The Pill: Learn if it Could be Right for You

Birth control pills are a medication that women take daily to prevent pregnancy. Sometimes they are referred to as oral contraception or perhaps most commonly, “the pill."

Birth control pills work by releasing hormones. Hormones are chemicals that affect different parts of the body. Most women use a combination birth control pill, which contains both estrogen and progestin. However, there are also progestin-only pills available. 

These hormones prevent pregnancy by:

  • Making cervical mucus thicker, which prevents sperm from getting to the eggs
  • Stopping ovulation, so there is no egg for the sperm to fertilize

Birth control pills come in 21-day or 28-day packs depending on the type and brand you use. Both kinds of pills come with 21 “active” pills which contain hormones. The extra 7 pills in the 28-day pack contain placebo pills with no hormones. These extra 7 pills serve as a reminder so that you don’t forget to take pills when time to begin the active ones again. You are not required to take the placebos, but they will help you maintain the habit of taking a pill at the same time every day.

Most women get their period during the 4th week, when they are taking the reminder pills. However, experiences vary depending on body type. You may notice spotting throughout the month or you may not get your period at all.

Progestin pills only contain progestin -- no estrogen. They come in 28-day packs only and each pill contains hormones. This means all the pills in these 28-day packs are “active”. To avoid pregnancy, you must take every pill in the pack, at the same time every day. There is no week off, like with the combination pills. You may get your period on the 4th week, you may notice spotting throughout the month, or you may not have your period at all. It depends on your body. Talk with your doctor if you are concerned with irregular periods while taking birth control pills.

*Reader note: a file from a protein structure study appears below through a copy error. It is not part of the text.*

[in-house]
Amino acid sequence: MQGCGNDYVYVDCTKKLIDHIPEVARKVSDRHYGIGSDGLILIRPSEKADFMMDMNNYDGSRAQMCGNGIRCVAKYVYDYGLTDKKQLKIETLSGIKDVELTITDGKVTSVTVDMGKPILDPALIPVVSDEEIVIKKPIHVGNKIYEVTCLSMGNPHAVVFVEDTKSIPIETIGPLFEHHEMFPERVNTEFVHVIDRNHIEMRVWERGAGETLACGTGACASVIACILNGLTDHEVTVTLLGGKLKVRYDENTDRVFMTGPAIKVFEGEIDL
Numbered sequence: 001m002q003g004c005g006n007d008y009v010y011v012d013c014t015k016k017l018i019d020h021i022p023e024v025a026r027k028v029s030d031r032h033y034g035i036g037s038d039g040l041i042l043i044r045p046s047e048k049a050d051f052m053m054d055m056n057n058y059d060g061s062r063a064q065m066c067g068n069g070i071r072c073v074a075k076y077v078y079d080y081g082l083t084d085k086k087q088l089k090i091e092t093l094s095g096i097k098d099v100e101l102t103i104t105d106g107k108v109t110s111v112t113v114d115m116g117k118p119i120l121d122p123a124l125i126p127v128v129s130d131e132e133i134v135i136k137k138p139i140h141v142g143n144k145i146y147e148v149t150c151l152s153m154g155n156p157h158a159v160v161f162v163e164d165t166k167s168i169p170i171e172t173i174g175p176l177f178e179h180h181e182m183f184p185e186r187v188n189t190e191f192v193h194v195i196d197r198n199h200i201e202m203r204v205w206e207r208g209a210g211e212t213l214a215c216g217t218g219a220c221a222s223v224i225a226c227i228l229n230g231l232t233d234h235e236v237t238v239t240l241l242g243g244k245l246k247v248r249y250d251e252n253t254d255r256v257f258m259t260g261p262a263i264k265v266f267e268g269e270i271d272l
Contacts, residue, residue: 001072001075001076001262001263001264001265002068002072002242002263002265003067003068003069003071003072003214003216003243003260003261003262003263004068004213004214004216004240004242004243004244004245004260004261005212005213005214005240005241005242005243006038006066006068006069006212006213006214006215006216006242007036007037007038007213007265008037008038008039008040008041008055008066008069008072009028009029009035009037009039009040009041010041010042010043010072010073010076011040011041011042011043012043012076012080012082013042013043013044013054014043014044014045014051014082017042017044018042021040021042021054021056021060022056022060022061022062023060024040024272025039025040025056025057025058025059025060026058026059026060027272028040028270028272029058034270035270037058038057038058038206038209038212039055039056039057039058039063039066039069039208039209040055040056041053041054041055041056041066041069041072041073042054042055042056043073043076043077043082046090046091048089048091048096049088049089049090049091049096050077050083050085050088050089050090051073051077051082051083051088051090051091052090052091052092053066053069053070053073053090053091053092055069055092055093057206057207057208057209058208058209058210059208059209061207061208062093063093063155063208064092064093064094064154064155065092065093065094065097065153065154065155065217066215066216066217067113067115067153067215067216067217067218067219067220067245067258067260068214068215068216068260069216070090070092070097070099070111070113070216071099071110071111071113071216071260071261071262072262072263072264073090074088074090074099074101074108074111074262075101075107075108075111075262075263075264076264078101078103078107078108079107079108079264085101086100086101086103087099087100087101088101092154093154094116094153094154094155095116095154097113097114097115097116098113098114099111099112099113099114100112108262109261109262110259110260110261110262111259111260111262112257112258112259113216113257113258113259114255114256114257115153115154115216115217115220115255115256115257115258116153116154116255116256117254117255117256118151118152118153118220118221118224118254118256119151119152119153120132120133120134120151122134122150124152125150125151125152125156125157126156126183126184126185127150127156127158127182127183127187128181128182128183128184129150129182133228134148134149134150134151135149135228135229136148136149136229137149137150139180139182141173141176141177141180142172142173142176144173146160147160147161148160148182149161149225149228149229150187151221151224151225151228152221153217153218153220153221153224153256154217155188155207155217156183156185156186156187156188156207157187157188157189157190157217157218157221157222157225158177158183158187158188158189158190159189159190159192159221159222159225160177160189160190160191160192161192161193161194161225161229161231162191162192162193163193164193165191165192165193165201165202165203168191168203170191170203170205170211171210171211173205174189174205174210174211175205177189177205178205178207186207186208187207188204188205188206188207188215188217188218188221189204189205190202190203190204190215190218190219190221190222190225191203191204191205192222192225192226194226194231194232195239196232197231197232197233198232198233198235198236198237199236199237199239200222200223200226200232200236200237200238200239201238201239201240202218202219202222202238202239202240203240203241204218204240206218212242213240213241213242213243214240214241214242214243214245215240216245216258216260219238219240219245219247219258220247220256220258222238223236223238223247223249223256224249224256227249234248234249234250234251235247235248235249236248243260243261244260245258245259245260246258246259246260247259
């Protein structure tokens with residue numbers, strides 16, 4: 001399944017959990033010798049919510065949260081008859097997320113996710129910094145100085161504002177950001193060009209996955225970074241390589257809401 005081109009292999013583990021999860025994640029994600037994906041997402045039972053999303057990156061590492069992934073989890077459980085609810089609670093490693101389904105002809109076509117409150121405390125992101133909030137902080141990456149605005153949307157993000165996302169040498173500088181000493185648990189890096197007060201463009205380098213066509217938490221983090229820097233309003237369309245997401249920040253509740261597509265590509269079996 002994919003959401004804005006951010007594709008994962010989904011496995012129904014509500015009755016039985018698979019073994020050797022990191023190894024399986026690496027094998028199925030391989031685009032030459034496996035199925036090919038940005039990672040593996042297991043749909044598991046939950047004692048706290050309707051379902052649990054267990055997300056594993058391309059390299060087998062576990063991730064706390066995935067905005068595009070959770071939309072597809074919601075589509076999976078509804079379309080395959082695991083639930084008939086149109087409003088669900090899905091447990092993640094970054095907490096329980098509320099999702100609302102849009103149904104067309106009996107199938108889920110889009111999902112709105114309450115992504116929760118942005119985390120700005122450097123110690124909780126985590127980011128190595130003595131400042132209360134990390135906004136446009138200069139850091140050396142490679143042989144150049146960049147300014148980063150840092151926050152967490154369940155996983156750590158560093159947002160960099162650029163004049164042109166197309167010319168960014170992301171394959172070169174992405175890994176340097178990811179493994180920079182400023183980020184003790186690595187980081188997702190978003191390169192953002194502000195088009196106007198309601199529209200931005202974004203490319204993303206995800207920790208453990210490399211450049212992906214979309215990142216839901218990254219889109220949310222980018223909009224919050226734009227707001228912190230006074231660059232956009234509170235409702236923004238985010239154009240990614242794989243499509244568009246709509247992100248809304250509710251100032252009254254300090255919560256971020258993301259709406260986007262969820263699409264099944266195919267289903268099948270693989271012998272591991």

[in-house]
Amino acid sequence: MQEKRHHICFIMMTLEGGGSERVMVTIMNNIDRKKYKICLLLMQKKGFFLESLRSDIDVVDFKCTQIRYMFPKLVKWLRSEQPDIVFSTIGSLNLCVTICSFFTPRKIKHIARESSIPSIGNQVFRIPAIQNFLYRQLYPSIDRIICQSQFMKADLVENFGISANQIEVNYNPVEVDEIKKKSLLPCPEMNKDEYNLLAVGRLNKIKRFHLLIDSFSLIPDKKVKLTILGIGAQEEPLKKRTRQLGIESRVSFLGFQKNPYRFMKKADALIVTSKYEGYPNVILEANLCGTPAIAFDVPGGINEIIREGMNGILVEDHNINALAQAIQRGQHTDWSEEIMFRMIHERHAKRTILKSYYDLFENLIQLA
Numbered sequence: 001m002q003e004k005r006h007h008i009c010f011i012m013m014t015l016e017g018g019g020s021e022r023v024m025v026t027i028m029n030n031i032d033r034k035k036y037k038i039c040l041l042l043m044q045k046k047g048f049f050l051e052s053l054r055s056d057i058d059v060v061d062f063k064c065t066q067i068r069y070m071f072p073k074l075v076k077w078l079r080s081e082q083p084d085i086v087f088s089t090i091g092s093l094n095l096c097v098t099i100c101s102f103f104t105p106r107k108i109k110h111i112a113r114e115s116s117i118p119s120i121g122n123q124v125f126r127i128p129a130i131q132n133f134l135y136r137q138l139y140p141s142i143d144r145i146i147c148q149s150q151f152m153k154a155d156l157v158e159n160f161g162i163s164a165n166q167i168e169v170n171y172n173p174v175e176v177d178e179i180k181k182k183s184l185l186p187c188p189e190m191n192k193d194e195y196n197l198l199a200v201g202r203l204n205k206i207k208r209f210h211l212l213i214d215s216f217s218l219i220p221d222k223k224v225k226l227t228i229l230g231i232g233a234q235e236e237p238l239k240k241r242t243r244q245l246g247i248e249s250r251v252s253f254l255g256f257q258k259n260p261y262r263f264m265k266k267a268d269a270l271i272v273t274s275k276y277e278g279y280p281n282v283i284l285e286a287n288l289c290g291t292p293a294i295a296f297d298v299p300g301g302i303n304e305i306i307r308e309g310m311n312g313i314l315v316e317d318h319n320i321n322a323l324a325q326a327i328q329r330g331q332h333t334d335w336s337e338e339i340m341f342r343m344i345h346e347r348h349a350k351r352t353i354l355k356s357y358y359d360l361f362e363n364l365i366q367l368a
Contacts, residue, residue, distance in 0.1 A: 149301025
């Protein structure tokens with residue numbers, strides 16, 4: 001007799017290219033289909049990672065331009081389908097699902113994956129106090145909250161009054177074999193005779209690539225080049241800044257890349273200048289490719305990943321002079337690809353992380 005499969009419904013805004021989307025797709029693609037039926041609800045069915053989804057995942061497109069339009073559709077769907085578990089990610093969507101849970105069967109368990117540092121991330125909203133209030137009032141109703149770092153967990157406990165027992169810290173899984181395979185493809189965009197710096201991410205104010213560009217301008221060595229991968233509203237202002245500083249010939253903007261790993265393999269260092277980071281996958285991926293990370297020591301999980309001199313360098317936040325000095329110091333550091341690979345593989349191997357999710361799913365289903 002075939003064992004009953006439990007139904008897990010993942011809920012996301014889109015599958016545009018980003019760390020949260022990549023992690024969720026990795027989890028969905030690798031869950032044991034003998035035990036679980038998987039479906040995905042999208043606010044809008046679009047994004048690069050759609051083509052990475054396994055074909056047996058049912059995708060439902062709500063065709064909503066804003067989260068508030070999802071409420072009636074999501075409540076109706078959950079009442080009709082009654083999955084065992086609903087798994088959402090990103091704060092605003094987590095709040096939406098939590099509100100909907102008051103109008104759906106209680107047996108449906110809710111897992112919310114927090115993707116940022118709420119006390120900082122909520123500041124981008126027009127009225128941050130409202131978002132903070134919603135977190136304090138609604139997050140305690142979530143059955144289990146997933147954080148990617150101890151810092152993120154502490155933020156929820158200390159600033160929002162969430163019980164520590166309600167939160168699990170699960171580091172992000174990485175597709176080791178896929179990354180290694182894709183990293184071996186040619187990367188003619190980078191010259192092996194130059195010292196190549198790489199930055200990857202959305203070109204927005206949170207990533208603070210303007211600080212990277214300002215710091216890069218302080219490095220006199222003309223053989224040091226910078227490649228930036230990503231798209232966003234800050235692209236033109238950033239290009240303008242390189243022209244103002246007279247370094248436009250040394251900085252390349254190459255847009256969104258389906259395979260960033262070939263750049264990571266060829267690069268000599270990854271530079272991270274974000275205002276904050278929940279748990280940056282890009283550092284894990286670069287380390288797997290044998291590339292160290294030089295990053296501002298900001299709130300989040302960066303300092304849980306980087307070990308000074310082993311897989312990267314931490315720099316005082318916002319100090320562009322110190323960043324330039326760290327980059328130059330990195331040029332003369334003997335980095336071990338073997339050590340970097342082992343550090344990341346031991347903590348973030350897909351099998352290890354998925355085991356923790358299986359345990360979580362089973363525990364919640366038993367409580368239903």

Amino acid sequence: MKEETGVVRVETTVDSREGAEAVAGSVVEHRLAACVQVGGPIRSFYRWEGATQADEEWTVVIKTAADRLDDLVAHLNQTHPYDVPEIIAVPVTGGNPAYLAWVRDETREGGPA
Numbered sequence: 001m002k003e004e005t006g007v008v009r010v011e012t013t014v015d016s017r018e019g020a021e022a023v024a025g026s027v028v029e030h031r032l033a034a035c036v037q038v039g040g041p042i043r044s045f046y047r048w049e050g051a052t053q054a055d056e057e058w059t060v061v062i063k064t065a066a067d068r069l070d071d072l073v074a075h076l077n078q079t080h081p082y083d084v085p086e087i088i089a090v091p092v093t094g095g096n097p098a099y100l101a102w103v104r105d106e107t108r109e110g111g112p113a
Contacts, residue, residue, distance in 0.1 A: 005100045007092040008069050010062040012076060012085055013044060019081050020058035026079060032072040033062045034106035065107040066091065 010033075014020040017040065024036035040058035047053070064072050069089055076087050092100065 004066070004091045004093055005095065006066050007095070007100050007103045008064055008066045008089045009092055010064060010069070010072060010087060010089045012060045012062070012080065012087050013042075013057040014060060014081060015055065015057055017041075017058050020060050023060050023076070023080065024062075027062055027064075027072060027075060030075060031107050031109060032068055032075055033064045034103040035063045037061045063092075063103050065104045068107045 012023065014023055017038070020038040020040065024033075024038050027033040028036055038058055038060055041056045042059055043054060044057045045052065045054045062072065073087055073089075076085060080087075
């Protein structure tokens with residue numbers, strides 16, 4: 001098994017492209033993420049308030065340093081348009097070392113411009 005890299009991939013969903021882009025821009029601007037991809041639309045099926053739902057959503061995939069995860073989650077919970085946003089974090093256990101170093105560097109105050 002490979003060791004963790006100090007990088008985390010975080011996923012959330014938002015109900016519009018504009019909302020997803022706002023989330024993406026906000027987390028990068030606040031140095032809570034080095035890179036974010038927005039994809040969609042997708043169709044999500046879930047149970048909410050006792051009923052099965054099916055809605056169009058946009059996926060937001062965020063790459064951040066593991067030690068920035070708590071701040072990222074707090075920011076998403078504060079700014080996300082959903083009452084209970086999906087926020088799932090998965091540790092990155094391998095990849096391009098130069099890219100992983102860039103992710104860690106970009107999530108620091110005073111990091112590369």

The pill is safe, simple, and effective to use, and sometimes women take it for reasons other than contraception. The combination and progestin-only pills can also:

  • Help your period become more regular and sometimes lighter
  • Reduce menstrual craps
  • Protect against pelvic inflammatory disease
  • Reduce acne
  • Help reduce headaches, depression, and other premenstrual symptoms
  • Prevent or reduce cysts in ovaries and breasts
  • Guard against iron deficiency (anemia)
  • Help prevent bone thinning

The pill can also be used to predict when you’ll get your period. Some pills are made for women to only have a few periods a year and others follow a regular, monthly cycle. 

Many women adjust to the pill with little to no problems, but some women do experience undesirable side effects. The most common side effects are bleeding between periods, nausea, vomiting, and breast tenderness. These usually occur within the first 2 to 3 months of use and fade after that.

Another side effect is the possibility of changes to your libido. Sexual desire may change because of the hormones in the pill. 

The pill does not protect against STI’s. If infection is a concern, a condom should be used.

This birth control method is over 99% effective at preventing pregnancy, when taken correctly at the same time every day. This allows the correct amount of hormones to enter your body every 24 hours.

If you're considering taking the pill, speak with your doctor. He or she will provide insight based on your medical history and how the pills could react with any other medications you are taking. Call for an appointment!